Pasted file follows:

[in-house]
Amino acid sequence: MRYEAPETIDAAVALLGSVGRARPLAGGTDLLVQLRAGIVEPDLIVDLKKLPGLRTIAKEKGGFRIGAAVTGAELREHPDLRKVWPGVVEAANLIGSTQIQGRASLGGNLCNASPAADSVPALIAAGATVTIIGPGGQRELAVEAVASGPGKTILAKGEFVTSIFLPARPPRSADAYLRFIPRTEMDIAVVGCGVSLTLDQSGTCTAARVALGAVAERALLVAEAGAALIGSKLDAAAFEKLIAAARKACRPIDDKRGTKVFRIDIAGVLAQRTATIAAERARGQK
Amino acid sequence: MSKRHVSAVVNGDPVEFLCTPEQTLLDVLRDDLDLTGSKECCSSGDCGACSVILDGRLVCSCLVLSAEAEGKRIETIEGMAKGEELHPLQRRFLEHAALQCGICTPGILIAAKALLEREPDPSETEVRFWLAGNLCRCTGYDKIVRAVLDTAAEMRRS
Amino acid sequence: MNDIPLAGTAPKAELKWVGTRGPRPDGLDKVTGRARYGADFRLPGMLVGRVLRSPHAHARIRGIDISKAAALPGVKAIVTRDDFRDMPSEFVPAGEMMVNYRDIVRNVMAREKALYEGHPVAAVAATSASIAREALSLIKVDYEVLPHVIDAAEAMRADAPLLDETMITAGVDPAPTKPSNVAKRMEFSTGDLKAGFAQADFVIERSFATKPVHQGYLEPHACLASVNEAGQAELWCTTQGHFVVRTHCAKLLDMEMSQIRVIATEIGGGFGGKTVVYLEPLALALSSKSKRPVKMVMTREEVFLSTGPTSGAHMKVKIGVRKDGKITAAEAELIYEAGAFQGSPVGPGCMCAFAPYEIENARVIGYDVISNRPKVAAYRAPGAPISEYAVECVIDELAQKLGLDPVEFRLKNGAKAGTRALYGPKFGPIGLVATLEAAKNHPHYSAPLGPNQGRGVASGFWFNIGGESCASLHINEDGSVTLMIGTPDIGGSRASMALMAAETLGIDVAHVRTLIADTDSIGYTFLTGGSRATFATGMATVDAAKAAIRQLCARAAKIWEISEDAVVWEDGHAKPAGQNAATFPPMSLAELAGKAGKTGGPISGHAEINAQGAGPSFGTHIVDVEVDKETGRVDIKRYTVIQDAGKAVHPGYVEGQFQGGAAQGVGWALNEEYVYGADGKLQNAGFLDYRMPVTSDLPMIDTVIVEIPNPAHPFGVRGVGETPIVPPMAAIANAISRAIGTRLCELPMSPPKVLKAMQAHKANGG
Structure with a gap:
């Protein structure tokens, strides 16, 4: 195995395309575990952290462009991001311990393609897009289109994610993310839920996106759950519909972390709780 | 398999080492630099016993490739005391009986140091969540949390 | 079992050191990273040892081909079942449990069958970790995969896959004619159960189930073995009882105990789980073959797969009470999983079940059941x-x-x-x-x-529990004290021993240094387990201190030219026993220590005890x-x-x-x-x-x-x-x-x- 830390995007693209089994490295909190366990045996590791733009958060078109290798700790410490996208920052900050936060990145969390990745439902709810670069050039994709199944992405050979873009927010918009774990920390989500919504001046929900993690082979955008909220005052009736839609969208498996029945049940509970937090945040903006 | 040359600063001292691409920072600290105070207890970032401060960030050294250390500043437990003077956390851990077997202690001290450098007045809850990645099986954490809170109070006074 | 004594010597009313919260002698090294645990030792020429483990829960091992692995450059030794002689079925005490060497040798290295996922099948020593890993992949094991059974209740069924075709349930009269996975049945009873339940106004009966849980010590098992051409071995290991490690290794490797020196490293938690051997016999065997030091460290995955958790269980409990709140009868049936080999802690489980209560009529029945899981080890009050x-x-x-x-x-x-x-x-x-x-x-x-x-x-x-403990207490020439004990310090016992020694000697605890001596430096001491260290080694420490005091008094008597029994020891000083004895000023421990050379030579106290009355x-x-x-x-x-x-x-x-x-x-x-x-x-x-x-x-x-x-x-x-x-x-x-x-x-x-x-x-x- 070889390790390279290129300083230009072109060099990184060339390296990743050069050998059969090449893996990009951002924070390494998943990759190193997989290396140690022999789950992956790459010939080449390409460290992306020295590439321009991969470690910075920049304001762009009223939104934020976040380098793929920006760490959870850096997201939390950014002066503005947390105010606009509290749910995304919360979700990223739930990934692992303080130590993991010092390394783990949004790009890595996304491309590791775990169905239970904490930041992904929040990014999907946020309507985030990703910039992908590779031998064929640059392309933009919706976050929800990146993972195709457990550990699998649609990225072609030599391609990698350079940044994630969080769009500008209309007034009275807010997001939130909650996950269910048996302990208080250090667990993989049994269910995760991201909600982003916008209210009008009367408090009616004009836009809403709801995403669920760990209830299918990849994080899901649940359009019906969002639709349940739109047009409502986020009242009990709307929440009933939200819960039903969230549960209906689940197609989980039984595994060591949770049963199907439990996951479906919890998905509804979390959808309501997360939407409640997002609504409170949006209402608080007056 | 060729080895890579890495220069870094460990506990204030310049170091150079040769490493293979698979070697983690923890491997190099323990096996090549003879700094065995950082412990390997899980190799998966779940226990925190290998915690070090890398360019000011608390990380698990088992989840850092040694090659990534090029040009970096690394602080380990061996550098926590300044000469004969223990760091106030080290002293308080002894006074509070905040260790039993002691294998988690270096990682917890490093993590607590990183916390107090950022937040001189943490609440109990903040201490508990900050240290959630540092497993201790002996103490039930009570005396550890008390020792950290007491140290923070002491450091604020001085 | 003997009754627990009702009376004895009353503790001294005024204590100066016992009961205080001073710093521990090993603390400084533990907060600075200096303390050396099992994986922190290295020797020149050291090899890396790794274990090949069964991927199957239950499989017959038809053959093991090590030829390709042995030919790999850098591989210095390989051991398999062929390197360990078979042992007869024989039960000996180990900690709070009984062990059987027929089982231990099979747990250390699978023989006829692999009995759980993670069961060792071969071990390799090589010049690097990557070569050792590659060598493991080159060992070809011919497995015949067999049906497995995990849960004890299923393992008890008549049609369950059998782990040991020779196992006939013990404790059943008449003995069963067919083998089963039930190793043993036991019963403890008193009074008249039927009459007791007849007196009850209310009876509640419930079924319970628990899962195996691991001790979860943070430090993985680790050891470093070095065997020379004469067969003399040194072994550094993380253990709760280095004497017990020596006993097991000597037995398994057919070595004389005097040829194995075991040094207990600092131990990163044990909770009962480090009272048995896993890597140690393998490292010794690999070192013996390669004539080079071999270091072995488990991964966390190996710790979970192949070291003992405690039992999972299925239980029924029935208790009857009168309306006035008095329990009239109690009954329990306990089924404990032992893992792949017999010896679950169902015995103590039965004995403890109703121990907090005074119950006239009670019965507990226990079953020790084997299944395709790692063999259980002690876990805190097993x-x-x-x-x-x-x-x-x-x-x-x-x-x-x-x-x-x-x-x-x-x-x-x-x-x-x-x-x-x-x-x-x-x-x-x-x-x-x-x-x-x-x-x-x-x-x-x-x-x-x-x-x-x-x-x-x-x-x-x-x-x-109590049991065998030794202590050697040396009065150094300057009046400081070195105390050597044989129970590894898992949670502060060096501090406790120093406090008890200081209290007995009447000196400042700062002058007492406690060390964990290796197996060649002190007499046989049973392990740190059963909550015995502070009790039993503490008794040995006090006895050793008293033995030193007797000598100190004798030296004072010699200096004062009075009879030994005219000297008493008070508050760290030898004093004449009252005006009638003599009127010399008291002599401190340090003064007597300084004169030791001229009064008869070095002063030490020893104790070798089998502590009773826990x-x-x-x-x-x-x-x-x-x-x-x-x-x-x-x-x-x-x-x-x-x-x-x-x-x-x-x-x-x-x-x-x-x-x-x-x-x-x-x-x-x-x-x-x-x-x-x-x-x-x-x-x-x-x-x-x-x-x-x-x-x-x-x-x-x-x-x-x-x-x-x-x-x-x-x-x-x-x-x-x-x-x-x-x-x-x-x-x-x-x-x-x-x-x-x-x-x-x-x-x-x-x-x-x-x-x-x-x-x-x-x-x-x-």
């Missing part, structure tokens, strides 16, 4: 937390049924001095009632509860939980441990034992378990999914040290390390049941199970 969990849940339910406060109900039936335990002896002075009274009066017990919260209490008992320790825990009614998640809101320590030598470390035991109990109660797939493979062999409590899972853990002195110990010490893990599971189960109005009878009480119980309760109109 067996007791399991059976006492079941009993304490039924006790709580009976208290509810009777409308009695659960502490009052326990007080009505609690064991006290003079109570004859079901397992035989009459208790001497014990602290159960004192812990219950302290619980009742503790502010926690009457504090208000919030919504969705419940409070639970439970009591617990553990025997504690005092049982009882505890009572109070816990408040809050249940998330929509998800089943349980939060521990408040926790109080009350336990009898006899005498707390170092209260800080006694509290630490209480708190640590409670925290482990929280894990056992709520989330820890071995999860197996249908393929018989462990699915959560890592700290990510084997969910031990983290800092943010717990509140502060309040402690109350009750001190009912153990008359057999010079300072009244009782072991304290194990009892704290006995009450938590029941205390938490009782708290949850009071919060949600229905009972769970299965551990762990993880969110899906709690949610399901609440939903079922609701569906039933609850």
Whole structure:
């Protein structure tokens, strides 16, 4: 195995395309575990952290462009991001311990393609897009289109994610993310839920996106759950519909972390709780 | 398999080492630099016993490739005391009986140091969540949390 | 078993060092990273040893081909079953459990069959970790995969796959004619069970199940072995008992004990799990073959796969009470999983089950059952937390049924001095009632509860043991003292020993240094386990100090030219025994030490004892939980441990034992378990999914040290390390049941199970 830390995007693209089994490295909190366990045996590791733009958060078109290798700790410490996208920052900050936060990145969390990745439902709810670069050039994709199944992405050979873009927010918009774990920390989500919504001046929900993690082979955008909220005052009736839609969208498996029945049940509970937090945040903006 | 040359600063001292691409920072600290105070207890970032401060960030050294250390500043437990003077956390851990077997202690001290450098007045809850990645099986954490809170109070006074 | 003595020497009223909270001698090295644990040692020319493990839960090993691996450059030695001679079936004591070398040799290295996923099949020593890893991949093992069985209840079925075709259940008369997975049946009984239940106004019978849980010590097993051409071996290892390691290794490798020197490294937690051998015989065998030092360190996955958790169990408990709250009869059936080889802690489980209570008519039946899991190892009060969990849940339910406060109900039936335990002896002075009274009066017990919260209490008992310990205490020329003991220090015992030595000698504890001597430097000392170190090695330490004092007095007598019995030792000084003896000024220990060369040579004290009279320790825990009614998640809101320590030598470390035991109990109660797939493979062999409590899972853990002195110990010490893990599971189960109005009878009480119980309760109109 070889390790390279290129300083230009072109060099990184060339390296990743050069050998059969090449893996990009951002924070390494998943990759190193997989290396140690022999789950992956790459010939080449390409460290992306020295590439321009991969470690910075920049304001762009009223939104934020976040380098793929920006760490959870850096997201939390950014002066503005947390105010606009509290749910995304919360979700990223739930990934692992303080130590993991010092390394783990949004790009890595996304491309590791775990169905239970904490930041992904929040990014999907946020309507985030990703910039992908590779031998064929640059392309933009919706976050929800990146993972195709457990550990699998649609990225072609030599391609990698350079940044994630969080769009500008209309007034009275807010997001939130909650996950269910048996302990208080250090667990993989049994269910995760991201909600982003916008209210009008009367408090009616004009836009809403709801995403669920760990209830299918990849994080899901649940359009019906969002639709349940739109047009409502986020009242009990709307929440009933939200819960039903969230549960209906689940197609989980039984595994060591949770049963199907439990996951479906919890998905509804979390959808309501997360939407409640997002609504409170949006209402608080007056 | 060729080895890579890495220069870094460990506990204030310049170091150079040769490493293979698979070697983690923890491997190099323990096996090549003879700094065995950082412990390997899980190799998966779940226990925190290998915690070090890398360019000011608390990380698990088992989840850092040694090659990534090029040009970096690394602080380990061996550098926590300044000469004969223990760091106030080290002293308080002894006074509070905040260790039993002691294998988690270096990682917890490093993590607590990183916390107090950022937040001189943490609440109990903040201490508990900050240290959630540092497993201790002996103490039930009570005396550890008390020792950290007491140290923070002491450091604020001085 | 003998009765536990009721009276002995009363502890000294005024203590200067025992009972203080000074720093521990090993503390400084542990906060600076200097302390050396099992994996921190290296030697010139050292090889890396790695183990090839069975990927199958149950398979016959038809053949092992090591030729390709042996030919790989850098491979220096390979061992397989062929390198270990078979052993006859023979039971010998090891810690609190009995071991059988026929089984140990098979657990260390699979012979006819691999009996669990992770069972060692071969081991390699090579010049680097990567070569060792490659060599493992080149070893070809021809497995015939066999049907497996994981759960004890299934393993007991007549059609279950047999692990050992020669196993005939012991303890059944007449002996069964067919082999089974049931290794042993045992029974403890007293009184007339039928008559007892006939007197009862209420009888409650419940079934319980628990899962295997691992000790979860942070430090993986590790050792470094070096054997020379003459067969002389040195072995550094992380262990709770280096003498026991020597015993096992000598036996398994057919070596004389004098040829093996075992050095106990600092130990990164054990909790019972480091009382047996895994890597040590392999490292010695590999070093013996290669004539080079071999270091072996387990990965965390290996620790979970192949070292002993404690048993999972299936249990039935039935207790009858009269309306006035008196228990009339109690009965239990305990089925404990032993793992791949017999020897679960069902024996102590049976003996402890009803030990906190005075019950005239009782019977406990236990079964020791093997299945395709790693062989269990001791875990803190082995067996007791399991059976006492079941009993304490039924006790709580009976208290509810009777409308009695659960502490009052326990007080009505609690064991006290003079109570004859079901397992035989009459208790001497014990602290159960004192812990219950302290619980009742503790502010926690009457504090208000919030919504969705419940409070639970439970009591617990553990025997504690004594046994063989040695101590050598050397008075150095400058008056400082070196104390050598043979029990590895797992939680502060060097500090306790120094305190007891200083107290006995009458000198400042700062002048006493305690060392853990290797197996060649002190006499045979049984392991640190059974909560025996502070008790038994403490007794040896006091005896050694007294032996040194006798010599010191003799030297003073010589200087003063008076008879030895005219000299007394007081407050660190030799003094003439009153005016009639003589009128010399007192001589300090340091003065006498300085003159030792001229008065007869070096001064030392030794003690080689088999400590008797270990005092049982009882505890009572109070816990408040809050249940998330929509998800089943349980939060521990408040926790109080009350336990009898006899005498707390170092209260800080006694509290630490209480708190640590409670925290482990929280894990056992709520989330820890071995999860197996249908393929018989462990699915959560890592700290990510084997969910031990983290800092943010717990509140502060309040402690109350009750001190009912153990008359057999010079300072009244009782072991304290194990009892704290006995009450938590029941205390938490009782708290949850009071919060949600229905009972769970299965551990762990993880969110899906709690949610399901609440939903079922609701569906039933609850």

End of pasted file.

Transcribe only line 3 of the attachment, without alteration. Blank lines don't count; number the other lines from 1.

Amino acid sequence: MSKRHVSAVVNGDPVEFLCTPEQTLLDVLRDDLDLTGSKECCSSGDCGACSVILDGRLVCSCLVLSAEAEGKRIETIEGMAKGEELHPLQRRFLEHAALQCGICTPGILIAAKALLEREPDPSETEVRFWLAGNLCRCTGYDKIVRAVLDTAAEMRRS